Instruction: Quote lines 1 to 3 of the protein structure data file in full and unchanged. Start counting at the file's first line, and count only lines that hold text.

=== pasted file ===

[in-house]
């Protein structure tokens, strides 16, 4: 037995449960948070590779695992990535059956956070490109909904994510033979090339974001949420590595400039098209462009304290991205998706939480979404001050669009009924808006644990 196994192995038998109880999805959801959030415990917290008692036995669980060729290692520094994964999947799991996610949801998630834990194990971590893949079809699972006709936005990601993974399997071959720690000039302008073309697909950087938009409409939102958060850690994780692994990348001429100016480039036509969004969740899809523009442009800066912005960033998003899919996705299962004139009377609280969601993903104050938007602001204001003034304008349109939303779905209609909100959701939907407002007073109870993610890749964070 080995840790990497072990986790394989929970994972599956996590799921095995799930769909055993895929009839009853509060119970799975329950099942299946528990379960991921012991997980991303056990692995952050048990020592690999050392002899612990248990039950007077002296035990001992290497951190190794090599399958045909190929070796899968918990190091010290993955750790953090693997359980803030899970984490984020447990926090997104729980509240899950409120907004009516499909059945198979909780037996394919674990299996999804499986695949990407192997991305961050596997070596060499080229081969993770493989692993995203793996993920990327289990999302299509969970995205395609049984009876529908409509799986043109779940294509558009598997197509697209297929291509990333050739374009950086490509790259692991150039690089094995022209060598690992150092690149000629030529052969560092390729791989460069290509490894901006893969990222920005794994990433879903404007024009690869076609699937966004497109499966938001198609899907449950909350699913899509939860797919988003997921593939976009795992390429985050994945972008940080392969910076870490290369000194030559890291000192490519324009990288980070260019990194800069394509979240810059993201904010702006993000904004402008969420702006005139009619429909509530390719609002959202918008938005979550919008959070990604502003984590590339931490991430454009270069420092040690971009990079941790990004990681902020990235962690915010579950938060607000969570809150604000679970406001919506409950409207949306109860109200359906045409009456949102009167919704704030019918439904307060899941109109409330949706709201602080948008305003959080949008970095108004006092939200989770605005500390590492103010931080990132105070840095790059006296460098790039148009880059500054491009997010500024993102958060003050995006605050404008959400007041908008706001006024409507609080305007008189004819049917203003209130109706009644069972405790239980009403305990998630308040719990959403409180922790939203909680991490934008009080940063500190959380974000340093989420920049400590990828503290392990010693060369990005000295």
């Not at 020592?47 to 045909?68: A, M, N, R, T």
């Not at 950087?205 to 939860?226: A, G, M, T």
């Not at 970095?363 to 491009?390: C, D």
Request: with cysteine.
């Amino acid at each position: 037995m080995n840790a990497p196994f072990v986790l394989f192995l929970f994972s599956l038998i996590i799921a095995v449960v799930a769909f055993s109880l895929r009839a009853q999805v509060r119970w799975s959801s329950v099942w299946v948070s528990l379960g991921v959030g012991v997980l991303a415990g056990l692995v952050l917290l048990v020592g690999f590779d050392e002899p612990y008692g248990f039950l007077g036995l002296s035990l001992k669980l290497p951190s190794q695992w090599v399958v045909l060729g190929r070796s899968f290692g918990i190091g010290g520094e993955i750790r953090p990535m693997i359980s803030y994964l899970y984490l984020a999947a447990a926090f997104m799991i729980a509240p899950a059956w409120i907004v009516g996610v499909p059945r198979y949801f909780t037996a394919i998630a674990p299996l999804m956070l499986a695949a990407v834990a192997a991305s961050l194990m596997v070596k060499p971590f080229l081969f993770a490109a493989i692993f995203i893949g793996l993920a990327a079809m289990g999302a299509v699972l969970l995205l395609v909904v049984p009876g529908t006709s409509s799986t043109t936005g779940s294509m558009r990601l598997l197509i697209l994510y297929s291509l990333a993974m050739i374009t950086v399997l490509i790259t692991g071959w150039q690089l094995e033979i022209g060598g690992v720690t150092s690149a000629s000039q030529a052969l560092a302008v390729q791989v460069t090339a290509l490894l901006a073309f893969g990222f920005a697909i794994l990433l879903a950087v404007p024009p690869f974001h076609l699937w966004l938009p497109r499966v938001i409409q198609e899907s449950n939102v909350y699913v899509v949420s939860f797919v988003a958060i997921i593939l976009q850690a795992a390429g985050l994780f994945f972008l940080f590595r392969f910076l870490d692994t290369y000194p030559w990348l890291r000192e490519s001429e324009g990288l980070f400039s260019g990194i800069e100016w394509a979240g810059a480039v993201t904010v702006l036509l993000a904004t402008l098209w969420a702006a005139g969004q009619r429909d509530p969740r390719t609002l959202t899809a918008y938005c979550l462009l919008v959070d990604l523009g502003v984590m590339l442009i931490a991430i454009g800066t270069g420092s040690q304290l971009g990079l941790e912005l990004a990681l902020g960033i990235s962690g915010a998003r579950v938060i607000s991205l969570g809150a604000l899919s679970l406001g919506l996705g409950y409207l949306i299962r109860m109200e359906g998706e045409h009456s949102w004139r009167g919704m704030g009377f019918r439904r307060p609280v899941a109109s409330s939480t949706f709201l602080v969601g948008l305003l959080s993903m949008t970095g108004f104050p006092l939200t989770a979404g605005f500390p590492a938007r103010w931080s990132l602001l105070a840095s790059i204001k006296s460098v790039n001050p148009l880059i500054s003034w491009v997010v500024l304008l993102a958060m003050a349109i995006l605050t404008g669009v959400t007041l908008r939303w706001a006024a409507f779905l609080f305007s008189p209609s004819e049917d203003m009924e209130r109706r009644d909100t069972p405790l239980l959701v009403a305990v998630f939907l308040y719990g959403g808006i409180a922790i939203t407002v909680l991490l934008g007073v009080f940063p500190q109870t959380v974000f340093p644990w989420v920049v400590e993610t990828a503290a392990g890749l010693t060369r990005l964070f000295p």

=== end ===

[in-house]
């Protein structure tokens, strides 16, 4: 037995449960948070590779695992990535059956956070490109909904994510033979090339974001949420590595400039098209462009304290991205998706939480979404001050669009009924808006644990 196994192995038998109880999805959801959030415990917290008692036995669980060729290692520094994964999947799991996610949801998630834990194990971590893949079809699972006709936005990601993974399997071959720690000039302008073309697909950087938009409409939102958060850690994780692994990348001429100016480039036509969004969740899809523009442009800066912005960033998003899919996705299962004139009377609280969601993903104050938007602001204001003034304008349109939303779905209609909100959701939907407002007073109870993610890749964070 080995840790990497072990986790394989929970994972599956996590799921095995799930769909055993895929009839009853509060119970799975329950099942299946528990379960991921012991997980991303056990692995952050048990020592690999050392002899612990248990039950007077002296035990001992290497951190190794090599399958045909190929070796899968918990190091010290993955750790953090693997359980803030899970984490984020447990926090997104729980509240899950409120907004009516499909059945198979909780037996394919674990299996999804499986695949990407192997991305961050596997070596060499080229081969993770493989692993995203793996993920990327289990999302299509969970995205395609049984009876529908409509799986043109779940294509558009598997197509697209297929291509990333050739374009950086490509790259692991150039690089094995022209060598690992150092690149000629030529052969560092390729791989460069290509490894901006893969990222920005794994990433879903404007024009690869076609699937966004497109499966938001198609899907449950909350699913899509939860797919988003997921593939976009795992390429985050994945972008940080392969910076870490290369000194030559890291000192490519324009990288980070260019990194800069394509979240810059993201904010702006993000904004402008969420702006005139009619429909509530390719609002959202918008938005979550919008959070990604502003984590590339931490991430454009270069420092040690971009990079941790990004990681902020990235962690915010579950938060607000969570809150604000679970406001919506409950409207949306109860109200359906045409009456949102009167919704704030019918439904307060899941109109409330949706709201602080948008305003959080949008970095108004006092939200989770605005500390590492103010931080990132105070840095790059006296460098790039148009880059500054491009997010500024993102958060003050995006605050404008959400007041908008706001006024409507609080305007008189004819049917203003209130109706009644069972405790239980009403305990998630308040719990959403409180922790939203909680991490934008009080940063500190959380974000340093989420920049400590990828503290392990010693060369990005000295």
């Not at 020592?47 to 045909?68: A, M, N, R, T």